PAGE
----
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Self-Publishing News: Fairly Trained Certifies First Ethical AI Platform

Self-Publishing News: Fairly Trained Certifies First Ethical AI Platform

ALLi News Editor, Dan Holloway

A few weeks ago I reported on the launch of Fairly Trained. This is a group that sought to be a trade certification body for AI industries that was able to provide a stamp of approval for the methods and motives of individual companies and platforms in much the same way as the Forest Stewardship Council (FSC) does for the timber industry. And of course its name is a play (as opposed to a plagiarism – wouldn’t that be ironic!) on the most famous such certificating body of all, Fair Trade.

I was sceptical at the time of Fairly Trained’s Launch. Unlike OpenAI, who claimed in 2023 that it would be impossible to train AI without copyright material, I don’t think possibility drove my scepticism. It was more what felt like pragmatism (and may have come off as cynicism) about how markets work. That is, when there are such powerful tools available to so many that have a past mired in copyright mud, would anyone want to use an AI platform that was ethically trained? And would their customers in turn be interested?

In the non-digital world, certification usually comes with a premium cost that is offset by three things on the consumer side:

  • The ability to pay a small premium in enough numbers to make the model work for suppliers;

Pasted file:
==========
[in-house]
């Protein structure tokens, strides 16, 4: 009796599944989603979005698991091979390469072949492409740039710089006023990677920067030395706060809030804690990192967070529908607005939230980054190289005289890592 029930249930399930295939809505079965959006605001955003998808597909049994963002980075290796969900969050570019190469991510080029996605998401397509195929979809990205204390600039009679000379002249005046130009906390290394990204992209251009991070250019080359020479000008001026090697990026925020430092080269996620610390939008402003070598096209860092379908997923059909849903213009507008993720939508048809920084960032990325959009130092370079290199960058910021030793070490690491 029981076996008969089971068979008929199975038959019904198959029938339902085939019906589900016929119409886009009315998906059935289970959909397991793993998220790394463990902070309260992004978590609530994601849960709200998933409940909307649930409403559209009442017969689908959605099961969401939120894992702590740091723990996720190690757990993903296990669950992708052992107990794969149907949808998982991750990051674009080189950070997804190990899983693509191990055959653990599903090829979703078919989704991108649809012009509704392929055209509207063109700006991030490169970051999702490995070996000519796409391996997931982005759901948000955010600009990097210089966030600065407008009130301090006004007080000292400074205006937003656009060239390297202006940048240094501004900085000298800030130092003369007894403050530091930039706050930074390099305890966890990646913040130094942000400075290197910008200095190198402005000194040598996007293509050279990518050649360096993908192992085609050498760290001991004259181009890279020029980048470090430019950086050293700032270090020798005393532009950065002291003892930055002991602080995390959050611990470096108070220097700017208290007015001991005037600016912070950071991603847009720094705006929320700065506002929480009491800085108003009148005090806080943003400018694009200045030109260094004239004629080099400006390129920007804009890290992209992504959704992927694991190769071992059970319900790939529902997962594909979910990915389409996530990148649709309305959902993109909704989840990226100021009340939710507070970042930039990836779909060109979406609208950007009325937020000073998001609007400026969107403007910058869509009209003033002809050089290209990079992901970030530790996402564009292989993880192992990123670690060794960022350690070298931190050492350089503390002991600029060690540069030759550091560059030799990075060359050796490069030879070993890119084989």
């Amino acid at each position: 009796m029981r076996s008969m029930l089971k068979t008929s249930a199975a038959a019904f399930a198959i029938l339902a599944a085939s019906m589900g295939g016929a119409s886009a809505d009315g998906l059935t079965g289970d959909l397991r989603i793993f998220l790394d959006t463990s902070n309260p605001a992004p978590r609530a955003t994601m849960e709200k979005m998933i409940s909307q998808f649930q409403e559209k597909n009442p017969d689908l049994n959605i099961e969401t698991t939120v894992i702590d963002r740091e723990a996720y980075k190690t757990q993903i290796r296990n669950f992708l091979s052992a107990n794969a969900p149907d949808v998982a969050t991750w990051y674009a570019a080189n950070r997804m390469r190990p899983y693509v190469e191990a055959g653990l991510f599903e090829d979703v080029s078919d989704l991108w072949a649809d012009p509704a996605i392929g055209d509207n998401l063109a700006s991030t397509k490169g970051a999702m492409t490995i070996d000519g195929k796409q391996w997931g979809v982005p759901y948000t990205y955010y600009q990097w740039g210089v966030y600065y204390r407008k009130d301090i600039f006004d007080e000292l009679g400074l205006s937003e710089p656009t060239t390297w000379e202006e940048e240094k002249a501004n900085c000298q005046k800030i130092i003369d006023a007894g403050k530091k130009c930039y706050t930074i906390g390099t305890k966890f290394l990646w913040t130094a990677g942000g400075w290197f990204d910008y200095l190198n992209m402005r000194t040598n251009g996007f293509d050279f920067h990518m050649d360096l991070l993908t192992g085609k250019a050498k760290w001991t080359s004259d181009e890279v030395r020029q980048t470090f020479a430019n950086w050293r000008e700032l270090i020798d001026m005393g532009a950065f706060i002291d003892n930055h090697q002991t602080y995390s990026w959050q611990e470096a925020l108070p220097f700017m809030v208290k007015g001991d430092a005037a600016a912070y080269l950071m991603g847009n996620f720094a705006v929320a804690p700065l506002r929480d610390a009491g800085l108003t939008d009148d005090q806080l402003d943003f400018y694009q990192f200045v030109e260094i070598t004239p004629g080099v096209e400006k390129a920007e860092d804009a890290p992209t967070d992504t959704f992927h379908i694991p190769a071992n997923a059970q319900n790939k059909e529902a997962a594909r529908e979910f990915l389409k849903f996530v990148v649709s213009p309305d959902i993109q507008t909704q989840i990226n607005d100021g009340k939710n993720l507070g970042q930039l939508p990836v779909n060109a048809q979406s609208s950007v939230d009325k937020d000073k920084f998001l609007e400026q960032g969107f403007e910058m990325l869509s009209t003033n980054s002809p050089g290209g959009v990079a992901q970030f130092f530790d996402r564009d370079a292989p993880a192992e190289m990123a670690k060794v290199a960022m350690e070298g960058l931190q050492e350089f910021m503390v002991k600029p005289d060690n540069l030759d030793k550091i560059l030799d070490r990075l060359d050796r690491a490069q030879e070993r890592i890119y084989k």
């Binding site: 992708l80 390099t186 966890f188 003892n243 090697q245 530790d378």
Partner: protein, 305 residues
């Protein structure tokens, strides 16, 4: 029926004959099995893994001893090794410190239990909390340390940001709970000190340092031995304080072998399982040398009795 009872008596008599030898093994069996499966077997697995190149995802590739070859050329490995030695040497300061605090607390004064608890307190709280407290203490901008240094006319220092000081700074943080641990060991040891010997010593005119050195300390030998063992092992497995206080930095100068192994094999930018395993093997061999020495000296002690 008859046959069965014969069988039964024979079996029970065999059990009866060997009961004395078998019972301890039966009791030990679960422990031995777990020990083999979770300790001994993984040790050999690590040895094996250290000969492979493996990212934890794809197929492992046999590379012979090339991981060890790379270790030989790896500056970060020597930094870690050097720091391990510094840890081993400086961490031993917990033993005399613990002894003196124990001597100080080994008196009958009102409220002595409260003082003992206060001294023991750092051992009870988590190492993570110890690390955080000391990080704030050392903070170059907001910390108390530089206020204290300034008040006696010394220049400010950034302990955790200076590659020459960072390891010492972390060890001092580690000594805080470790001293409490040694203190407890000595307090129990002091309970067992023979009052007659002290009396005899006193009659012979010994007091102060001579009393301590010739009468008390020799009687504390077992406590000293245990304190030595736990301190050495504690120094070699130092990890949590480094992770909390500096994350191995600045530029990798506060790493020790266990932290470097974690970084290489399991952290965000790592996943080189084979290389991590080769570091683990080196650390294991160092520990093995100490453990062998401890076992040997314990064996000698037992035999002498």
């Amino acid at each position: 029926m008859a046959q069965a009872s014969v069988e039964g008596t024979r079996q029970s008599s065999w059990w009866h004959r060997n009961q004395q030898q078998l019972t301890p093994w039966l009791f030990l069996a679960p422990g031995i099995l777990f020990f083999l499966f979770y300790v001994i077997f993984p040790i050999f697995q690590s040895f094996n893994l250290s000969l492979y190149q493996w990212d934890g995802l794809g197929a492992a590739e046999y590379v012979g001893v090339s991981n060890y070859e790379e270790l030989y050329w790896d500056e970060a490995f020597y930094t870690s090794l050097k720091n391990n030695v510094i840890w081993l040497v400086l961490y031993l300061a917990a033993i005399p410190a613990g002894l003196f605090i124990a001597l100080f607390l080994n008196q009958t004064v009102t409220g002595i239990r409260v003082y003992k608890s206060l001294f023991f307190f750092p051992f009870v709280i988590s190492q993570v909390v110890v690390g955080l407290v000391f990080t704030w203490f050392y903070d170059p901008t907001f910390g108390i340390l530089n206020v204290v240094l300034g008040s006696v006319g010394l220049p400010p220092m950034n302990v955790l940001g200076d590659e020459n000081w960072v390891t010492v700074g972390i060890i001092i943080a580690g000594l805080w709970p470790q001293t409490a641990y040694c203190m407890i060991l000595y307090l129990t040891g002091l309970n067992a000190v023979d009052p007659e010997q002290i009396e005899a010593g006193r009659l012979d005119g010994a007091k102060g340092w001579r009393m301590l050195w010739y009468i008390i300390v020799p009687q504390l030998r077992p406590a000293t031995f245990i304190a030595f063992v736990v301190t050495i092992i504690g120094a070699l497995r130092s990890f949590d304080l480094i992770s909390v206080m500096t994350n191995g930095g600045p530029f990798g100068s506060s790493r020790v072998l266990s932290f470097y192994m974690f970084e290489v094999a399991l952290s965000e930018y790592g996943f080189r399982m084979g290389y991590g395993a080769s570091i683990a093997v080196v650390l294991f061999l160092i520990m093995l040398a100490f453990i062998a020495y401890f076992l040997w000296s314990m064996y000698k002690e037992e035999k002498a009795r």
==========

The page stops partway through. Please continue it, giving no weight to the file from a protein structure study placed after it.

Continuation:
• A desire to do the right thing;
  • An understanding of how what is being presented represents the right thing.

I don’t doubt that many of the end users of AI have the second of these qualities. Financial duress has increasingly shown that even in well-established markets, the first is shrinking. My real doubt was over the third. Copyright is complex. Creators are passionate about it, but the public?

Well, there is clearly enough belief that there’s a use case for Fairly Trained to have announced their first certification. It goes to KL3M. What’s really interesting is that the company behind it is 273 Ventures, a legal tech start-up. In other words, this is not a case of serving an audience wanting to do the right thing. It’s about targeting an audience terrified of doing the (legally) wrong thing. And thinking about it like that, it makes a lot of sense. Compliance and risk avoidance are massive spaces, and are only getting more so. It might take time for the public to catch on. But in the meanwhile, this may be a market with enough legs to prove the concept.

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Author: Dan Holloway

Dan Holloway is a novelist, poet and spoken word artist. He is the MC of the performance arts show The New Libertines, which has appeared at festivals and fringes from Manchester to Stoke Newington. In 2010 he was the winner of the 100th episode of the international spoken prose event Literary Death Match, and earlier this year he competed at the National Poetry Slam final at the Royal Albert Hall. His latest collection, The Transparency of Sutures, is available for Kindle at http://www.amazon.co.uk/Transparency-Sutures-Dan-Holloway-ebook/dp/B01A6YAA40


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